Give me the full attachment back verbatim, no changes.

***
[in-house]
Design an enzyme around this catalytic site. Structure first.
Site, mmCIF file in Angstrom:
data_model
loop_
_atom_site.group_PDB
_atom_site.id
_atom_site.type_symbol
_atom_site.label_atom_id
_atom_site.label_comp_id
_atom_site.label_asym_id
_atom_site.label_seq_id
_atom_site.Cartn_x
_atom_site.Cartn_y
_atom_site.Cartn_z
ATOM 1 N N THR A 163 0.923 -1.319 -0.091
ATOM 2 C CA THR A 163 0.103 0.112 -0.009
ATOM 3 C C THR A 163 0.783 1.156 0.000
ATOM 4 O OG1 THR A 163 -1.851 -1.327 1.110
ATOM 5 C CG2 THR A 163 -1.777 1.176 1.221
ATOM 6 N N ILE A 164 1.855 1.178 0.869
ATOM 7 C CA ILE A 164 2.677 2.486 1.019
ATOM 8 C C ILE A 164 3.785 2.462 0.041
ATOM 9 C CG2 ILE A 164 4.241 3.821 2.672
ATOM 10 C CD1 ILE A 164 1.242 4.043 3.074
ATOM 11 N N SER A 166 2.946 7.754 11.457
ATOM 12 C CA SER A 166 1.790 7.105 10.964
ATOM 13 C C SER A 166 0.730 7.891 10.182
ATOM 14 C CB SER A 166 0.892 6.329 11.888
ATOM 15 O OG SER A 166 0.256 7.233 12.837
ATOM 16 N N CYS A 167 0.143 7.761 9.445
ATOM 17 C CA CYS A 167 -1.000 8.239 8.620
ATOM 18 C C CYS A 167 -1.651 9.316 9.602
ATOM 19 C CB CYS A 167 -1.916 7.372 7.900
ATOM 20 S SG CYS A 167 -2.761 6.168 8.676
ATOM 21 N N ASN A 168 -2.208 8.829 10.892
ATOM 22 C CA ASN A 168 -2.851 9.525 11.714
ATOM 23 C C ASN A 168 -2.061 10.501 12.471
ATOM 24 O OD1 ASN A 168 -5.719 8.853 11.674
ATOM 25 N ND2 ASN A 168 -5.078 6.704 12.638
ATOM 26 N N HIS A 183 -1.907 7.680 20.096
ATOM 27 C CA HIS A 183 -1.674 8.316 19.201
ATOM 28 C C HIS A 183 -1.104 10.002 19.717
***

[in-house]
Design an enzyme around this catalytic site. Structure first.
Site, mmCIF file in Angstrom:
data_model
loop_
_atom_site.group_PDB
_atom_site.id
_atom_site.type_symbol
_atom_site.label_atom_id
_atom_site.label_comp_id
_atom_site.label_asym_id
_atom_site.label_seq_id
_atom_site.Cartn_x
_atom_site.Cartn_y
_atom_site.Cartn_z
ATOM 1 N N THR A 163 0.923 -1.319 -0.091
ATOM 2 C CA THR A 163 0.103 0.112 -0.009
ATOM 3 C C THR A 163 0.783 1.156 0.000
ATOM 4 O OG1 THR A 163 -1.851 -1.327 1.110
ATOM 5 C CG2 THR A 163 -1.777 1.176 1.221
ATOM 6 N N ILE A 164 1.855 1.178 0.869
ATOM 7 C CA ILE A 164 2.677 2.486 1.019
ATOM 8 C C ILE A 164 3.785 2.462 0.041
ATOM 9 C CG2 ILE A 164 4.241 3.821 2.672
ATOM 10 C CD1 ILE A 164 1.242 4.043 3.074
ATOM 11 N N SER A 166 2.946 7.754 11.457
ATOM 12 C CA SER A 166 1.790 7.105 10.964
ATOM 13 C C SER A 166 0.730 7.891 10.182
ATOM 14 C CB SER A 166 0.892 6.329 11.888
ATOM 15 O OG SER A 166 0.256 7.233 12.837
ATOM 16 N N CYS A 167 0.143 7.761 9.445
ATOM 17 C CA CYS A 167 -1.000 8.239 8.620
ATOM 18 C C CYS A 167 -1.651 9.316 9.602
ATOM 19 C CB CYS A 167 -1.916 7.372 7.900
ATOM 20 S SG CYS A 167 -2.761 6.168 8.676
ATOM 21 N N ASN A 168 -2.208 8.829 10.892
ATOM 22 C CA ASN A 168 -2.851 9.525 11.714
ATOM 23 C C ASN A 168 -2.061 10.501 12.471
ATOM 24 O OD1 ASN A 168 -5.719 8.853 11.674
ATOM 25 N ND2 ASN A 168 -5.078 6.704 12.638
ATOM 26 N N HIS A 183 -1.907 7.680 20.096
ATOM 27 C CA HIS A 183 -1.674 8.316 19.201
ATOM 28 C C HIS A 183 -1.104 10.002 19.717